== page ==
Report on the comparative outcome of using new mechanism-based testing and consequences for animal testing and uncertainties in risk assessment

KI will make a proposal of the relevant elements to integrate in a tiered assessment strategy (milestone 8.3). The web-based EuroMix tool developed in WP6 will be used for test runs of case studies (identified in WP2-WP4) to test the proposed criteria. The extensive toxicological testing from a wide range of techniques and experimental models, including e.g. in-silico, in-vitro, in-vivo, and PB-PK/D experiments, conducted by EuroMix will provide an excellent basis to evaluate the outcome of proposed approach as compared with current methods/models for risk assessment, and the pro’s and con’s of different approaches will be discussed. The results will be described in deliverable 8.5 (M45) and will be used in WP9 and WP10. KI, in cooperation with INRIS, RIVM, UMIL, DLO-B and DEFRA will elaborate on the consequences for animal testing once the mechanism-based test strategy has been developed. The use of PB-PK modelling, IVIVE and system toxicology should reduce the uncertainties in current risk assessment approaches, and the new uncertainty components of the EuroMix tool (Task 6.5) will be used to evaluate this. KI will write a discussion document for exchanging views with stakeholders, including 3R-focused organisations. Input is required from several work packages (see task 3.4 and 4.4) and The results will be used in WP9 and WP10 for guidance, training and implementation (deliverable D8.5; M45)

Gender Plan

RIVM is responsible for the implementation of a gender management strategy and promote gender equality.

Scientific paper ready for submission on the EuroMix toolbox and software

DLO-B, together with ICL, ANSES, DEFRA, URV and others, will optimize and implement models for compound prioritization based on Margin of Exposure (MoE) in a ‘refine and retain’ setting. This will provide a practical implementation of the RISK21 matrix approach in a fully probabilistic setting. The QALIBRA model will be linked into the EuroMix tool, in collaboration between DLO-B and DEFRA. A functional design for the general design and the uncertainty aspects of the EuroMix tool (Milestone 6.4, M24) will be prepared by DLO-B and DEFRA. DLO-B will propose a general software design for an integrated web-based model composed of modules for dietary exposure, non-dietary exposure, in-vitro and in-vivo hazard characterizations using a bioassay and omics toolbox, and models to link the different parts (based on PB-PK, systems biology, benchmark dose modelling and probabilistic margin of exposure). The software will include simpler models in a tiered approach as well. DLO-B will design the front-end for different user categories. DEFRA will propose a comprehensive general approach for addressing uncertainty in aggregate exposure and risk assessments, building on the recommendations of the EFSA working group on uncertainty. Both qualitative and quantitative approaches will be considered. The uncertainty in the exposure will be quantified and uncertainties related to exposure assessment and risk characterisation will be identified. Sensitivity analyses will be also applied to determine key parameters within the EuroMix tool used in the tiered approach to CAG creation and assessment, as part of WP8. The final EuroMix model toolbox will be described in a draft scientific paper (D6.4, M48).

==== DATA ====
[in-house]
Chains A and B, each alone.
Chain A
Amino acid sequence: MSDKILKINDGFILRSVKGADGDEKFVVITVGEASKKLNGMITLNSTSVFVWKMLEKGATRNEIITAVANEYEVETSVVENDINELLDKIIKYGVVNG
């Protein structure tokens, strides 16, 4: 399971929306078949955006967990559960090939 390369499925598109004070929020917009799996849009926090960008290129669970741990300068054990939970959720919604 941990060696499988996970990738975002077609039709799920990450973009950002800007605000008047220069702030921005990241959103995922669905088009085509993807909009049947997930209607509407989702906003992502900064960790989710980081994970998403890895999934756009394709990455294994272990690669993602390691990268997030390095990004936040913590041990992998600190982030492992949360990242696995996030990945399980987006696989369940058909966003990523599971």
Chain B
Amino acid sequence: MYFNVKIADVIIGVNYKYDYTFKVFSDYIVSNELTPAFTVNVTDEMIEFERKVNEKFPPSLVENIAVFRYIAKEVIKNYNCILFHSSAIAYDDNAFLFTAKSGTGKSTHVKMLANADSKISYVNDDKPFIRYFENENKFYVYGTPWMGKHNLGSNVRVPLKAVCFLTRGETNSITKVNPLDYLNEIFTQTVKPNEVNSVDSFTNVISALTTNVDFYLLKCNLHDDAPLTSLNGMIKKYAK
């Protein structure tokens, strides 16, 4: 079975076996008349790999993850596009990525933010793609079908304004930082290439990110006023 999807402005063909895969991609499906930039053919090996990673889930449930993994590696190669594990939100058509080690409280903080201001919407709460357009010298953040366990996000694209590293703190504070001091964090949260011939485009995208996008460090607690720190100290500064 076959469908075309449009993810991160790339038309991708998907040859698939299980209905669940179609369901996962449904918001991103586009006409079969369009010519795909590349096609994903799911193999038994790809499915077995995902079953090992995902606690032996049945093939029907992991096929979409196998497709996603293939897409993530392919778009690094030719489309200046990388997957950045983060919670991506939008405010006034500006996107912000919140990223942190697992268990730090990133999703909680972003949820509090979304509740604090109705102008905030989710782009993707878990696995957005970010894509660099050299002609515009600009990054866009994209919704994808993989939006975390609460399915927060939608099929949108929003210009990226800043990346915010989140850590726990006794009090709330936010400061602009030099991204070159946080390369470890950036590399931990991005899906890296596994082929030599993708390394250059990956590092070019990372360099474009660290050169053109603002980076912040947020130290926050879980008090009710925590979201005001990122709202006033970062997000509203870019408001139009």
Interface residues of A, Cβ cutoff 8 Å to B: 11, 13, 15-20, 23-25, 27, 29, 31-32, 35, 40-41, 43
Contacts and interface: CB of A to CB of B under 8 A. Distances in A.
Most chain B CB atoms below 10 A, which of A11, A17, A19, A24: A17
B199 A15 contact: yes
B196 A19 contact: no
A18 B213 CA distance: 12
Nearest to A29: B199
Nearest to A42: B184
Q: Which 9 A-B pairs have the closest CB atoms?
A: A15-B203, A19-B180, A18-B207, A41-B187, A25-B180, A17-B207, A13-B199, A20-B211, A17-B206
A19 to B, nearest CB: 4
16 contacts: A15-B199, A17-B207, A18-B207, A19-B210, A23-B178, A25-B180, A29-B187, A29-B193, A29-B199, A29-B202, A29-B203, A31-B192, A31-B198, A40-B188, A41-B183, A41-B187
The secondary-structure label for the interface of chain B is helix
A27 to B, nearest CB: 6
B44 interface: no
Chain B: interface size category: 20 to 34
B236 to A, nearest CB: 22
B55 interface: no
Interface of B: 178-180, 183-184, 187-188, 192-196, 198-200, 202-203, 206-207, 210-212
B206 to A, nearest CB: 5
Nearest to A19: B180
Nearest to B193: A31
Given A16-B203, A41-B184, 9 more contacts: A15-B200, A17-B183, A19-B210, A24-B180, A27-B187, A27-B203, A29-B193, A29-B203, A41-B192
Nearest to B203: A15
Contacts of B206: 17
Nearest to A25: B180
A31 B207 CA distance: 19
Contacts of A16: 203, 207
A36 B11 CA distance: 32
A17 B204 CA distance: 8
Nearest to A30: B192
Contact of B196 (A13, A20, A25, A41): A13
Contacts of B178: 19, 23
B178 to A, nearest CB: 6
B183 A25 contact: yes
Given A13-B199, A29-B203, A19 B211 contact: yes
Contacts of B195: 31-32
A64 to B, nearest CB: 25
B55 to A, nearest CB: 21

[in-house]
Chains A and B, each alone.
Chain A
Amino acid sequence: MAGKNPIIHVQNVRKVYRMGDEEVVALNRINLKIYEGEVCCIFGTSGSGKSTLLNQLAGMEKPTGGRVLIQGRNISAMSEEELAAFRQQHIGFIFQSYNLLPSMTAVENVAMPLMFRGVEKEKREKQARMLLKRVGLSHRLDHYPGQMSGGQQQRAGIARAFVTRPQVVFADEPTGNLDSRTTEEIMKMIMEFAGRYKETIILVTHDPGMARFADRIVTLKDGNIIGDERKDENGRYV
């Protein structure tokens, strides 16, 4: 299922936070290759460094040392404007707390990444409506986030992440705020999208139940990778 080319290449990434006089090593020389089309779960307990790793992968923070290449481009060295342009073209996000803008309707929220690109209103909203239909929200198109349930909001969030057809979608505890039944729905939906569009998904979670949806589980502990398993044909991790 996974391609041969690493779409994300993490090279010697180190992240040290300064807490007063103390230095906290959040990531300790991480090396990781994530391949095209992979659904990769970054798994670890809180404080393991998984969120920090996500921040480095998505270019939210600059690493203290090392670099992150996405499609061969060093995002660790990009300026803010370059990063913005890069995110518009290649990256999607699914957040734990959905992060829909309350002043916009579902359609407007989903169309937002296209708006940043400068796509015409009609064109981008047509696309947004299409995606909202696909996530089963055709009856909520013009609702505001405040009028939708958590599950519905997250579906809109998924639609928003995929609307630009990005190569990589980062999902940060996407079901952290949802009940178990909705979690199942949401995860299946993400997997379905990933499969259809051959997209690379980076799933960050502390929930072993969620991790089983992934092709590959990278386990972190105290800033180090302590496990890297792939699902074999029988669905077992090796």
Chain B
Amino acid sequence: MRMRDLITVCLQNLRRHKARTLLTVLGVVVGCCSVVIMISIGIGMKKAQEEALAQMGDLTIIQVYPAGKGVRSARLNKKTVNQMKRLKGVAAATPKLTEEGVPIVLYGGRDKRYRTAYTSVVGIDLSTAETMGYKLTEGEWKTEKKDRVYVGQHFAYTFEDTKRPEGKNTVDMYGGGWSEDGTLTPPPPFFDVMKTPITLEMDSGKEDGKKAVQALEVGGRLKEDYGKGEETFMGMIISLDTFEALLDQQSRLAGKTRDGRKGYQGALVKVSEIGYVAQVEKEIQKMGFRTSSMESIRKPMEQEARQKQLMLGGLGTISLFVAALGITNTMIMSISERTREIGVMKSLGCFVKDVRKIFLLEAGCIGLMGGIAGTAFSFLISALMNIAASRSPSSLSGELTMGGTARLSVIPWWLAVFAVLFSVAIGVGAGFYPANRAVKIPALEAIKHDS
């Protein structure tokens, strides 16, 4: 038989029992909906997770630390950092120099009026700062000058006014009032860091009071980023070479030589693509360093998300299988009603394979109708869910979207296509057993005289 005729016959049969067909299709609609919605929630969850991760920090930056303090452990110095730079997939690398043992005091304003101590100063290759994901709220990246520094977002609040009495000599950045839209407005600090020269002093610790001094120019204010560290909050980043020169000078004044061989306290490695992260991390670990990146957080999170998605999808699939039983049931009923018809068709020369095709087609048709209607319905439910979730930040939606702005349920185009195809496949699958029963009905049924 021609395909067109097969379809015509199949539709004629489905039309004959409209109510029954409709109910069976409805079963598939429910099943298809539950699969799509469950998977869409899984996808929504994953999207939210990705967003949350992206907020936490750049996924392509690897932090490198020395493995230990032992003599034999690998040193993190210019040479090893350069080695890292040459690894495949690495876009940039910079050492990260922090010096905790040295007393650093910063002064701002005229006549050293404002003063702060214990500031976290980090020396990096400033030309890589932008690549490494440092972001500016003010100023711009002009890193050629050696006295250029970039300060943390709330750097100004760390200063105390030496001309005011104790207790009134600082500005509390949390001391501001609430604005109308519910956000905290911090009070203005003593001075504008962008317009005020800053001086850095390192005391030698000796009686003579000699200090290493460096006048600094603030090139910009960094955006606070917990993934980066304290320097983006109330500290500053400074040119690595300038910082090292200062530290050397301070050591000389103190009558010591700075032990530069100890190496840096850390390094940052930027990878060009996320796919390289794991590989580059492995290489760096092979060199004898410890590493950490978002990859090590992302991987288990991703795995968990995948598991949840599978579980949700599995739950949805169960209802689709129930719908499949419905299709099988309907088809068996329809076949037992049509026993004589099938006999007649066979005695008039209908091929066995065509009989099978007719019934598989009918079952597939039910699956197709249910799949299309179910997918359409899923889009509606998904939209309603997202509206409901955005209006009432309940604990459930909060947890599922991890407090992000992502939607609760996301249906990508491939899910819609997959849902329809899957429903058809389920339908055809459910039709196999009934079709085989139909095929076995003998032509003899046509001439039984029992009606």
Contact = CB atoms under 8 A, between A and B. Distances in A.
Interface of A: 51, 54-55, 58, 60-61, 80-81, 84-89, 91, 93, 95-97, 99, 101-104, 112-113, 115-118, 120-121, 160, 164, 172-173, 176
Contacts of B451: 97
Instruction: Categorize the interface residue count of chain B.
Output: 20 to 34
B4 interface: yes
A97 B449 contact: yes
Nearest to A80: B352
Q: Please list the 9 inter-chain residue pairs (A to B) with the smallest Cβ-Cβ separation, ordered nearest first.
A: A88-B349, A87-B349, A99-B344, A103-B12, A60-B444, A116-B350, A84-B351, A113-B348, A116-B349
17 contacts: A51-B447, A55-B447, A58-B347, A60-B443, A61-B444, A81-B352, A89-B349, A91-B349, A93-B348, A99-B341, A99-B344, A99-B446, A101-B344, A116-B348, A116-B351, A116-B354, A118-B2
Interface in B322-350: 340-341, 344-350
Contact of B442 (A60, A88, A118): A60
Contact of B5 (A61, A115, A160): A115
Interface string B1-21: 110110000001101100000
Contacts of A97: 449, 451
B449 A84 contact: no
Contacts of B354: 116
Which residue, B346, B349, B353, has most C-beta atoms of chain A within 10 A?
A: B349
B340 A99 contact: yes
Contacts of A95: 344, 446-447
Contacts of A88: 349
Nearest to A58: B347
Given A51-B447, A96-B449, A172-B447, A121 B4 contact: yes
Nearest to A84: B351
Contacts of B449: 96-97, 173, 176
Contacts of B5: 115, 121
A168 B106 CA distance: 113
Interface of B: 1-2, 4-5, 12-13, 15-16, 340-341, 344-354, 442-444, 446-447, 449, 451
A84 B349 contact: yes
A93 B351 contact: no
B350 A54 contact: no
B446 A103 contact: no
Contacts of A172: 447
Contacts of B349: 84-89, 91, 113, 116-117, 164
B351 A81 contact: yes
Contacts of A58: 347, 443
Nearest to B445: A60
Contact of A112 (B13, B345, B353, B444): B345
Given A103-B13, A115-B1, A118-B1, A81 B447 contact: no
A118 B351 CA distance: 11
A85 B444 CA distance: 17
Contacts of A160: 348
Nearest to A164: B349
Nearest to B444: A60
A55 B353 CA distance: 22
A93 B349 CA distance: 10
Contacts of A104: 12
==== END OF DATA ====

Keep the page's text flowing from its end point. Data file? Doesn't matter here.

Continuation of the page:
Scientific paper ready for submission describing the PB-PK/D model approach

Biological materials (serum samples and/or leucocytes) from subjects with known exposure to the selected chemicals in the mixture (task 7.2) will be analysed for biomarkers of effects as selected based on the studies in WP3 and WP4 focussing on hepatic, developmental or endocrine endpoints. The exact identification of the biomarkers of effects need to await reporting of the results from the in vivo and in vitro study but might include clinical chemistry endpoints, RNA array profiling data, DNA and/or protein adducts or other biochemical markers associated with the effects observed. Based on the biomarkers selected appropriate laboratories performing these analyses will be selected based on experiences and methods available. Inter-individual variability in the biomarkers of effect will be studied. The PB-PK models and Adverse Outcomes Pathways developed in Acropolis and further refined in WP3 – WP6 will be used to model the effects of exposures to the chemicals in the mixture as selected in WP2. Human variability in such biomarkers will be estimated by population Monte-Carlo simulations. The results will be described in a scientific paper (deliverable 7.3 (M45))